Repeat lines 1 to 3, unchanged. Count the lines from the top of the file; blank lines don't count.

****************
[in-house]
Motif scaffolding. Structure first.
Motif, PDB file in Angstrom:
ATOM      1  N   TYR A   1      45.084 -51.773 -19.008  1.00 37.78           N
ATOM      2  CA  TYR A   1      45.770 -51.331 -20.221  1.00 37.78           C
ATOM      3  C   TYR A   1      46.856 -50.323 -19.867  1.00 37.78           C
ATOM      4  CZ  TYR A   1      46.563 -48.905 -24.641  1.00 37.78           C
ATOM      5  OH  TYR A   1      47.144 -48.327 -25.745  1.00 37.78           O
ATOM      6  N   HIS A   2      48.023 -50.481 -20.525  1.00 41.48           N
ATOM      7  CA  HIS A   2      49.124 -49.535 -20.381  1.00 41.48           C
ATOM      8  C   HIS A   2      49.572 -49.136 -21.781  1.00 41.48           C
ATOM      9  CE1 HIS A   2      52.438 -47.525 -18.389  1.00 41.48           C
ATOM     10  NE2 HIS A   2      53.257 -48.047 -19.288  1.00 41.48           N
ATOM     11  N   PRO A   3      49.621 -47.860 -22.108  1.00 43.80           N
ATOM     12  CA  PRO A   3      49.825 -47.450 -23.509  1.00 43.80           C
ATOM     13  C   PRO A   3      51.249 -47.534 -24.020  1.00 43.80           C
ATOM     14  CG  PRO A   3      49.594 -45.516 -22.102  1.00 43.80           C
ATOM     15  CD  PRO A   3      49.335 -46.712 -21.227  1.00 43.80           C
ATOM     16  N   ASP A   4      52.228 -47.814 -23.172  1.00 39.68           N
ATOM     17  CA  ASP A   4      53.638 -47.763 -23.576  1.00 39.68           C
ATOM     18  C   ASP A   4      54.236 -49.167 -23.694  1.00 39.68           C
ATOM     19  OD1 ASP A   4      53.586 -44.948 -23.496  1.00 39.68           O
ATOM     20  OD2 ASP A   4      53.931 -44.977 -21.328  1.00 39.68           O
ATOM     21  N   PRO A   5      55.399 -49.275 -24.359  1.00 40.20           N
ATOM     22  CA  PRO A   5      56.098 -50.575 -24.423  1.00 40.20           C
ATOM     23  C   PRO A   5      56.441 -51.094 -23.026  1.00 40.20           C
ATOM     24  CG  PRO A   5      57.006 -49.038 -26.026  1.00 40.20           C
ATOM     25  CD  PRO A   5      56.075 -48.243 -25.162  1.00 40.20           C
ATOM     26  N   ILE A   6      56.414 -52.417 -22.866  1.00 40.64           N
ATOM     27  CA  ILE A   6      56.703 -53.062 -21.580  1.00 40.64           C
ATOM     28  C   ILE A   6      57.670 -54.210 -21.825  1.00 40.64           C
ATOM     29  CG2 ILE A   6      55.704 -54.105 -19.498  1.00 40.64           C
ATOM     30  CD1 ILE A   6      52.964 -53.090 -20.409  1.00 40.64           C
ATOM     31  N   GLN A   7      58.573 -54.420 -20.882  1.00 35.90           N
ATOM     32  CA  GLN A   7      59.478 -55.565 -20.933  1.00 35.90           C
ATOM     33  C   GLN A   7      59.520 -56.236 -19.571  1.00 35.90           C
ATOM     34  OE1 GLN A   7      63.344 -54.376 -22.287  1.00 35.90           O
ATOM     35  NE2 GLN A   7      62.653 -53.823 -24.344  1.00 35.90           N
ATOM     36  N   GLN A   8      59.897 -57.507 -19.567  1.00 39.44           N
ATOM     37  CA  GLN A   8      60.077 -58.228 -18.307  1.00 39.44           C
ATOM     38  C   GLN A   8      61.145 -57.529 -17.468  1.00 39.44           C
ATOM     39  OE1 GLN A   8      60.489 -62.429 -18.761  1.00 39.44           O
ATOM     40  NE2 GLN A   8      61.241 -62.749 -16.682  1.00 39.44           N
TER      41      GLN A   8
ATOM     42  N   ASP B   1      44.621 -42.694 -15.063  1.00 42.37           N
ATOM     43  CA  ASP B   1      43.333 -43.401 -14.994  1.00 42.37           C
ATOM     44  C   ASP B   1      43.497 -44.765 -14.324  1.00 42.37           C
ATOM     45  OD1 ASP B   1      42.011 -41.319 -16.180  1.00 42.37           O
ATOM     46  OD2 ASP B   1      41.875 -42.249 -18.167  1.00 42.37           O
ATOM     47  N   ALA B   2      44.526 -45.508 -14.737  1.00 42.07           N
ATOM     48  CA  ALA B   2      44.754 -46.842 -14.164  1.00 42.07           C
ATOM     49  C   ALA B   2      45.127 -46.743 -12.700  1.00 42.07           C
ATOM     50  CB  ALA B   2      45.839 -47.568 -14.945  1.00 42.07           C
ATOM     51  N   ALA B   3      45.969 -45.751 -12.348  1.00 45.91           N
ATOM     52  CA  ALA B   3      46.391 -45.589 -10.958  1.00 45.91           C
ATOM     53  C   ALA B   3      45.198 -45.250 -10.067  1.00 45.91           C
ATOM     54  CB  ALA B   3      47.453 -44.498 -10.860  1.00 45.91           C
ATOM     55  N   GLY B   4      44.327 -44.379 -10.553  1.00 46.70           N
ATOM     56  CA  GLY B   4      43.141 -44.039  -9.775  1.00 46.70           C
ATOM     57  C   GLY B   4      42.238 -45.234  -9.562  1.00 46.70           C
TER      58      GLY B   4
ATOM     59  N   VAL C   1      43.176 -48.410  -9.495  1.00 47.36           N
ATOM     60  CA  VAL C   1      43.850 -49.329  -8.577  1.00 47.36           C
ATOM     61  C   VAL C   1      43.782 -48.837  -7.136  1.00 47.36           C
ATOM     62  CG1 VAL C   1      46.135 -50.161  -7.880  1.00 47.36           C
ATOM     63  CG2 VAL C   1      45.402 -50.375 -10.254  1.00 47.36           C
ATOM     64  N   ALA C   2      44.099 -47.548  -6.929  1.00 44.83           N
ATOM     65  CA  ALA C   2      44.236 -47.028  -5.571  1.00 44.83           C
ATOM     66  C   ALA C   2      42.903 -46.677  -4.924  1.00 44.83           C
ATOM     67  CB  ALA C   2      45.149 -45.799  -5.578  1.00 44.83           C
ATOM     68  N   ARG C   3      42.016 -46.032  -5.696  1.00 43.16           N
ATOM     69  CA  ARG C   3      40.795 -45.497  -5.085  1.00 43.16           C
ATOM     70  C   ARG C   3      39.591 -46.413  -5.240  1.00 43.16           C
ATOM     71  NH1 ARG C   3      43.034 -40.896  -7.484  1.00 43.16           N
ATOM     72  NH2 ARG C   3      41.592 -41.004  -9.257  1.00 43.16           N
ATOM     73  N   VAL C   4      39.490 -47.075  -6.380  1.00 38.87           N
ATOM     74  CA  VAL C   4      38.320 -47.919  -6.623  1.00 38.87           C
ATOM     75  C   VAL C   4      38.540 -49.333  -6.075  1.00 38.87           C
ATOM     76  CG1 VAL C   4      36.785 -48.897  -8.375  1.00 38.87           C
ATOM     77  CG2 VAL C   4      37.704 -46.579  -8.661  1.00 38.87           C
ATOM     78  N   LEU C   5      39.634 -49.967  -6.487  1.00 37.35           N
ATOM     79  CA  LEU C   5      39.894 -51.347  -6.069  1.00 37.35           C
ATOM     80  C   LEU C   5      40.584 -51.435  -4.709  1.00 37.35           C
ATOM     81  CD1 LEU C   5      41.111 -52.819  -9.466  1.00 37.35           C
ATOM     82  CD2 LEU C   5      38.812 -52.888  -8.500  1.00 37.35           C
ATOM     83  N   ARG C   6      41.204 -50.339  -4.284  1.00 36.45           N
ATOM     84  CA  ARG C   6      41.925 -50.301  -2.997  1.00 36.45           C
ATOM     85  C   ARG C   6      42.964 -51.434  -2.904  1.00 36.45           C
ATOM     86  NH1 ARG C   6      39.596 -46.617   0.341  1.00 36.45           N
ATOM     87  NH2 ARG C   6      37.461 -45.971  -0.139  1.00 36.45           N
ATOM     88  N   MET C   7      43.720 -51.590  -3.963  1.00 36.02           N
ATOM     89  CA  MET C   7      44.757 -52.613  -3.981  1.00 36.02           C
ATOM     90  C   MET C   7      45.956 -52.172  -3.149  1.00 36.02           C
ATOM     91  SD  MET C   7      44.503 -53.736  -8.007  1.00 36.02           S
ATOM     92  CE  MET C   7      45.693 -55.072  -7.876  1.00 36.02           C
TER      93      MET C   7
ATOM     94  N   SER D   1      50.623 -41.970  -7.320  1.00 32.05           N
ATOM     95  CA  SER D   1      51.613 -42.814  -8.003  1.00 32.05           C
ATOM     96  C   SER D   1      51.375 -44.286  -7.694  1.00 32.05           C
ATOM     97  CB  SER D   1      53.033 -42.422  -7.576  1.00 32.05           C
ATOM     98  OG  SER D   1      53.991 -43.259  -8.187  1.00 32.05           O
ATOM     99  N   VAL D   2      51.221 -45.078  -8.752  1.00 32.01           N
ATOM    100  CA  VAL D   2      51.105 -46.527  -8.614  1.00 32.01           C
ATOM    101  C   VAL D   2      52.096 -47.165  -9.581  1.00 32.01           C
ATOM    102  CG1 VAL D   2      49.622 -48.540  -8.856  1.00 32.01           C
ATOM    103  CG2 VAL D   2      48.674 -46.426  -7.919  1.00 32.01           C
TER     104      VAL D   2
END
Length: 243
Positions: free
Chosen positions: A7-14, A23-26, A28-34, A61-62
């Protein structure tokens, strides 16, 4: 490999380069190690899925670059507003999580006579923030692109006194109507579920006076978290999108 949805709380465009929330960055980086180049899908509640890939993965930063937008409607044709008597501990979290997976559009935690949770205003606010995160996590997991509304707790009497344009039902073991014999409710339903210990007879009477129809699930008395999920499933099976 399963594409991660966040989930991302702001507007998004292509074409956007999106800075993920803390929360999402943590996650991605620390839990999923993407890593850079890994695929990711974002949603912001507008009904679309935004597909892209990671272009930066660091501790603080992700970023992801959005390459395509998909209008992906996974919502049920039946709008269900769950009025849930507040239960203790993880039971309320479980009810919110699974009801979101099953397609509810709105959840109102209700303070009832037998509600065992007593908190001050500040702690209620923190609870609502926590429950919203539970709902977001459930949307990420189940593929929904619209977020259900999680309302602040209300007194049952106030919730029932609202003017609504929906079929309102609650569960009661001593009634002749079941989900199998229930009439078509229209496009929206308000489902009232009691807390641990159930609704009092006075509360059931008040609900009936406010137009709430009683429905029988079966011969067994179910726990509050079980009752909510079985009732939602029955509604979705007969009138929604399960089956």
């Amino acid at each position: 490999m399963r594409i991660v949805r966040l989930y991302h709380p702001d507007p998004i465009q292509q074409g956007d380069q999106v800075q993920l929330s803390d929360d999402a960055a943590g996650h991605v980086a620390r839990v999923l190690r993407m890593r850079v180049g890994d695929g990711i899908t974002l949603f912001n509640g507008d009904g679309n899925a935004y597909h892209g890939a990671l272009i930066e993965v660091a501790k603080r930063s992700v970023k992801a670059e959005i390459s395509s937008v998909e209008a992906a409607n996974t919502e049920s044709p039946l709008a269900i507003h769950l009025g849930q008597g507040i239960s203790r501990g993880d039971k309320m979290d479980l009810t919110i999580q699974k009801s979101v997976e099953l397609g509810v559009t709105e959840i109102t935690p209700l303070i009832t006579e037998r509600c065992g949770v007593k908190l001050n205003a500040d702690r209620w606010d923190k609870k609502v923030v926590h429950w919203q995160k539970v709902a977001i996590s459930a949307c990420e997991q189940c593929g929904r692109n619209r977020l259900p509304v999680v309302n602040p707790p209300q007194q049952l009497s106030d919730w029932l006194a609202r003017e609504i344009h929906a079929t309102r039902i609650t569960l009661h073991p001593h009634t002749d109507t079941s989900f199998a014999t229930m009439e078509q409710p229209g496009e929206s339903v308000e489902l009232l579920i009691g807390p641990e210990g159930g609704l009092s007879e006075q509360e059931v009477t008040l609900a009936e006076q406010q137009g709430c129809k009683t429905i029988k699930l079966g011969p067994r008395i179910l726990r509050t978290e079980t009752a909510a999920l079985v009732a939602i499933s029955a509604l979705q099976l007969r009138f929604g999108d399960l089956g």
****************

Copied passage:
[in-house]
Motif scaffolding. Structure first.
Motif, PDB file in Angstrom: